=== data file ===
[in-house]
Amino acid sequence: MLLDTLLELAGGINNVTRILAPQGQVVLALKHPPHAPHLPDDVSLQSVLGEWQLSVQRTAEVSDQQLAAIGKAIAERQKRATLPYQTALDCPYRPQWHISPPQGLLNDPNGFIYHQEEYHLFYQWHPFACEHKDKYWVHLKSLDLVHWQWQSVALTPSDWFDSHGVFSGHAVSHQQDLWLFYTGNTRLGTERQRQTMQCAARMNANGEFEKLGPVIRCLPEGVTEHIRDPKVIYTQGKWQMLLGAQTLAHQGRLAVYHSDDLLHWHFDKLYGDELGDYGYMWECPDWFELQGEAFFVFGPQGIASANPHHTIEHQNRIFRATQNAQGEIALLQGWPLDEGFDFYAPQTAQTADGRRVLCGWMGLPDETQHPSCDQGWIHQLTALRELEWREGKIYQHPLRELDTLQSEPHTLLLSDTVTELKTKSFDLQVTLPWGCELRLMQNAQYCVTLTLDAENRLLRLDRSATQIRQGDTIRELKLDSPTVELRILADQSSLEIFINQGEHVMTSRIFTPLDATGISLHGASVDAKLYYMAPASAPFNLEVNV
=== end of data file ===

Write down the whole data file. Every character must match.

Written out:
[in-house]
Amino acid sequence: MLLDTLLELAGGINNVTRILAPQGQVVLALKHPPHAPHLPDDVSLQSVLGEWQLSVQRTAEVSDQQLAAIGKAIAERQKRATLPYQTALDCPYRPQWHISPPQGLLNDPNGFIYHQEEYHLFYQWHPFACEHKDKYWVHLKSLDLVHWQWQSVALTPSDWFDSHGVFSGHAVSHQQDLWLFYTGNTRLGTERQRQTMQCAARMNANGEFEKLGPVIRCLPEGVTEHIRDPKVIYTQGKWQMLLGAQTLAHQGRLAVYHSDDLLHWHFDKLYGDELGDYGYMWECPDWFELQGEAFFVFGPQGIASANPHHTIEHQNRIFRATQNAQGEIALLQGWPLDEGFDFYAPQTAQTADGRRVLCGWMGLPDETQHPSCDQGWIHQLTALRELEWREGKIYQHPLRELDTLQSEPHTLLLSDTVTELKTKSFDLQVTLPWGCELRLMQNAQYCVTLTLDAENRLLRLDRSATQIRQGDTIRELKLDSPTVELRILADQSSLEIFINQGEHVMTSRIFTPLDATGISLHGASVDAKLYYMAPASAPFNLEVNV